“It was obviously a relief but also I think it’s because we showed up in the second half by playing our game, by achieving our goals, by showing our physical perseverance too,” Hasbo added. “So I think, taking all these factors into account, they allowed us to go out there strong and getting the two goals quickly.”

The Crimson came into the Sunday final with a recovery advantage over their opponent, No. 4 seed Columbia, who defeated Brown after a double overtime in the latter semi-final.

“We fortunately played earlier during the day, so we knew we had an advantage in the recovery. I give huge credit to our athletic training staff for their work on our team on Saturday and for helping us recover,” Hamblin said. “I think we had more legs than Columbia on Sunday.”

The first half of the final was an entertaining affair, with Columbia putting pressure on the Crimson’s defensive line in the early minutes and Harvard responding in kind with shots on goal by Rose, Kristinsdótti, and DelPico. However, the game remained scoreless at halftime.

“The first half was really a half of a big game, very frantic and it didn’t really calm down from Columbia or from us,” Hasbo said. “But, obviously, the feeling was the belief that we would do it but we also needed to adjust some technical things to get to the point.”


These adjustments paid great dividends in the second half, with Hasbo’s performance being the highlight. In the 53rd minute, Hasbo scored a long-range rocket shot from 30 yards out. Eight minutes later, she scored again from a cross into the box by senior defender Smith Hunter. Hasbo completed the hat-trick in the 71st with a solo effort in the penalty area which ended in a curved shot that went past the goalkeeper. This was the first Harvard hat-trick since Hasbo accomplished the feat against Central Conn. State on opening day in 2022. The Crimson defense completed the job by not allowing Columbia to score any shots on goal to ensure a final 3-0 victory.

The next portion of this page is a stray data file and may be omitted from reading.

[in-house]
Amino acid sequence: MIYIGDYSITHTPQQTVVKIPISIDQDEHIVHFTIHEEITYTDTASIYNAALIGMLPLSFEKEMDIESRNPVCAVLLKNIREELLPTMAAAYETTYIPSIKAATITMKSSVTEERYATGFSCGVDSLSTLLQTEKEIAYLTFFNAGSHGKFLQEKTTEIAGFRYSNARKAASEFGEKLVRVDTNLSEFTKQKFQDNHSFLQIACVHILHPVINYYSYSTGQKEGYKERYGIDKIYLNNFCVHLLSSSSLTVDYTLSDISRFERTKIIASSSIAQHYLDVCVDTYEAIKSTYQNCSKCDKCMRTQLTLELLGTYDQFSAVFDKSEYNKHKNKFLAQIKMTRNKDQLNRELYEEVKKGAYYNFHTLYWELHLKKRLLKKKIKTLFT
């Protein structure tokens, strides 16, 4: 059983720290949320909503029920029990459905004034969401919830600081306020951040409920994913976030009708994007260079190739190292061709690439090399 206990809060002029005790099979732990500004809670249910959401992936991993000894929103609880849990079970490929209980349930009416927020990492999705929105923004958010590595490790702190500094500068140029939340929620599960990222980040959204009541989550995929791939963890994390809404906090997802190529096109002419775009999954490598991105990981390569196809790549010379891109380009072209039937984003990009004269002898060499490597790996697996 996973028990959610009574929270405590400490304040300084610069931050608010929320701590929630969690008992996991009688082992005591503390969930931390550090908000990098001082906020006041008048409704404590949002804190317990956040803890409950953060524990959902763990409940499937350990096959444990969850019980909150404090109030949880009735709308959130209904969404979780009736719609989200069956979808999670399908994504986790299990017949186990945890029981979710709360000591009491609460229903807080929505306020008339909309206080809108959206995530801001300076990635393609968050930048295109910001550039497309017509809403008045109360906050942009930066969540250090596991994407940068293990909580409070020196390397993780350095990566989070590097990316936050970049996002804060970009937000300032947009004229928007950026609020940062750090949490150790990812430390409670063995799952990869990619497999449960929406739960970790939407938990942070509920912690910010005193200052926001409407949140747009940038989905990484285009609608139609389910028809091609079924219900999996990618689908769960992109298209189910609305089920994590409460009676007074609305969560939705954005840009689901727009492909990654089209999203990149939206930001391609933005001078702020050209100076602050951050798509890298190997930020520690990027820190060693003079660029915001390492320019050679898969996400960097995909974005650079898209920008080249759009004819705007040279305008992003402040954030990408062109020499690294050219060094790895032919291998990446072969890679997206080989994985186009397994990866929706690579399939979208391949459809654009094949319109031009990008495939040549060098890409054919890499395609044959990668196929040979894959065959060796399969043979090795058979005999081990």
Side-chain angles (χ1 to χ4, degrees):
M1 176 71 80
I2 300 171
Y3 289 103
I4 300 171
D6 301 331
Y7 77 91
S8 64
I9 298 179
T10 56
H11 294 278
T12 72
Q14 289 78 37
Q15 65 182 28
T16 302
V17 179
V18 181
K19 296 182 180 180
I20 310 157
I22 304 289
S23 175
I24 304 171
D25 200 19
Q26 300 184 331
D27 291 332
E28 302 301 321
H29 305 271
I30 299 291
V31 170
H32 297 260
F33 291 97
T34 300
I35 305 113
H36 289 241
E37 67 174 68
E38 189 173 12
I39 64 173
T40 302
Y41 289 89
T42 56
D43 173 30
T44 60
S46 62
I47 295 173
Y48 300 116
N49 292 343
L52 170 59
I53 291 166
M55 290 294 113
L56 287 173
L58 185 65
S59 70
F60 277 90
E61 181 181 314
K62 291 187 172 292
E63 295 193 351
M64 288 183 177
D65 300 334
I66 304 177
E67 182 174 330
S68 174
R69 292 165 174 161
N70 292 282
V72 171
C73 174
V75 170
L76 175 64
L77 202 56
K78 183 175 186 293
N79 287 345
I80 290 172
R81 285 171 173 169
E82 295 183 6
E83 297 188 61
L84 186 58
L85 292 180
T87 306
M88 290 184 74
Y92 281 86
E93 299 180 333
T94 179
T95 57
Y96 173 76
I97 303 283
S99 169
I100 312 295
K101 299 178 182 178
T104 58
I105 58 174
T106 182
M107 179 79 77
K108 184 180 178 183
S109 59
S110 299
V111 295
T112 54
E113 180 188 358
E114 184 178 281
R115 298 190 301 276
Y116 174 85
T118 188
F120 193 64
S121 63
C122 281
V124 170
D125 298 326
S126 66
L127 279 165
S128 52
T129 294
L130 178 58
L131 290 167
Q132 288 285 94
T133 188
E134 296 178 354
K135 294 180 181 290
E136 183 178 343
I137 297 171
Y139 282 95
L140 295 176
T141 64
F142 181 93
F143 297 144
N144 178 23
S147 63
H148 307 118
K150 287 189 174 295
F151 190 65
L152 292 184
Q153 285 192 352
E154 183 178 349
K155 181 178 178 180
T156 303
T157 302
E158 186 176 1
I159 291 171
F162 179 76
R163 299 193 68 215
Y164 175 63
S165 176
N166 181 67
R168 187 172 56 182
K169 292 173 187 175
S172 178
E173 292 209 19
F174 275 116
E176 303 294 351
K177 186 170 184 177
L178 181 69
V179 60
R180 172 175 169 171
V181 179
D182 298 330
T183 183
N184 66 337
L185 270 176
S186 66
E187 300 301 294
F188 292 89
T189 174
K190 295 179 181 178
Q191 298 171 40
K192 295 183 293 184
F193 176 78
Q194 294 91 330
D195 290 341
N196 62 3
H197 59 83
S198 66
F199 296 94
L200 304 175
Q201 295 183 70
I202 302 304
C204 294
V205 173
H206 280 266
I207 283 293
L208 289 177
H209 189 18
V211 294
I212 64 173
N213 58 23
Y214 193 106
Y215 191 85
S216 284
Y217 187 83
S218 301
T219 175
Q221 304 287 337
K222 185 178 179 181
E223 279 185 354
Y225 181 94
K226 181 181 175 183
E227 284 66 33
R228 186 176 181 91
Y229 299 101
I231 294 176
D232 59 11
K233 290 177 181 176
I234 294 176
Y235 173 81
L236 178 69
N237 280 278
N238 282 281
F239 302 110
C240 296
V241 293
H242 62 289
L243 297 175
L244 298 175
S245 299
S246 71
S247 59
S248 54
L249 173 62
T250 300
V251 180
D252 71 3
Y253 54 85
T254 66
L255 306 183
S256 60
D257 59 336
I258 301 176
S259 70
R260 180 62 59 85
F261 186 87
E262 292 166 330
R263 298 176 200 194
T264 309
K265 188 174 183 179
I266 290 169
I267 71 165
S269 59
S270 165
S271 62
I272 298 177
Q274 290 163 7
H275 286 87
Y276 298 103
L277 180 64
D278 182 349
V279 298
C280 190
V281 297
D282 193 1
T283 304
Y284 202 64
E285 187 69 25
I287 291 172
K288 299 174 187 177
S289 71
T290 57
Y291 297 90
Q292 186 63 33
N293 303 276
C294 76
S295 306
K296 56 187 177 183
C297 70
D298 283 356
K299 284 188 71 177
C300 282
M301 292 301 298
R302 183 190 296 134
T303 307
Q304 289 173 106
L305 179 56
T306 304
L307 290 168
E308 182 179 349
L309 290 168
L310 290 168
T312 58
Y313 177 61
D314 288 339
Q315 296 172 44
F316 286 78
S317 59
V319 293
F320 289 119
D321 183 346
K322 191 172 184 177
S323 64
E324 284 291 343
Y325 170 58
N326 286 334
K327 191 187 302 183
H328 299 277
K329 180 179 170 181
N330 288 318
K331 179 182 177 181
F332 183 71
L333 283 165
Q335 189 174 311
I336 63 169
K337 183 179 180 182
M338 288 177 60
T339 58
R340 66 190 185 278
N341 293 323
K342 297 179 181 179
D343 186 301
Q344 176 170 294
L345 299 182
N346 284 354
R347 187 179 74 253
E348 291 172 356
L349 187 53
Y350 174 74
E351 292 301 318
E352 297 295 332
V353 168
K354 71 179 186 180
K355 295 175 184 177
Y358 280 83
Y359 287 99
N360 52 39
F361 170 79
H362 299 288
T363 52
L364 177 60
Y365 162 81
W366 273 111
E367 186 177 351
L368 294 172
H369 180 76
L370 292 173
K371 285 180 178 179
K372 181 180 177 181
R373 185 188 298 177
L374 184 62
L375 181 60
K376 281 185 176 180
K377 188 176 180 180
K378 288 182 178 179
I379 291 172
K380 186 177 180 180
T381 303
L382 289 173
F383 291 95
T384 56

“Obviously, it is amazing to be able to contribute to the result and I’m also very aware that I can’t do this without my team so I was more so happy that we were able to win the trophy and to reach the milestone that we worked for all season,” Hasbo reflected.

After last weekend’s victories, the Crimson will now embark on a more difficult journey ahead: the NCAA tournament, starting this weekend with a game against Maine on home turf.

“[Maine] won their conference, America East, and only lost once this season and they’ve got 11 wins so they are obviously a quality opponent. I think we’ve been fortunate enough to play some really good teams this year to prepare us for whatever coming up next. [...] We’re looking forward to it,” Hamblin said.

On the Crimson’s part, “There’s a ton of potential and a lot of opportunities for us to compete nationally after we were fortunate enough to receive a first seed that we earned. [...] So we now have to prove it and taking on Maine is the only thing we’re thinking about right now. And if we are able to get that done, we will look to whoever is next,” the head coach concluded.

This sense of excitement is also shared amongst the players. “We have been building up a lot of experience during the season and hopefully we’ll keep building on that momentum. [...] Those games require that we are delivering our best so hopefully, we can get a good crowd from Harvard out there and cheer on us on Saturday,” Hasbo said.

Harvard will face Maine this Saturday, Nov. 11th at 5:00 p.m. EST on Jordan Field in the first round of the NCAA tournament. The game will be streamed on ESPN+.
— Staff writer Nghia L. Nguyen can be reached at nghia.nguyen@thecrimson.com.

Want to keep up with breaking news? Subscribe to our email newsletter.

Tags
Women's SoccerGame Stories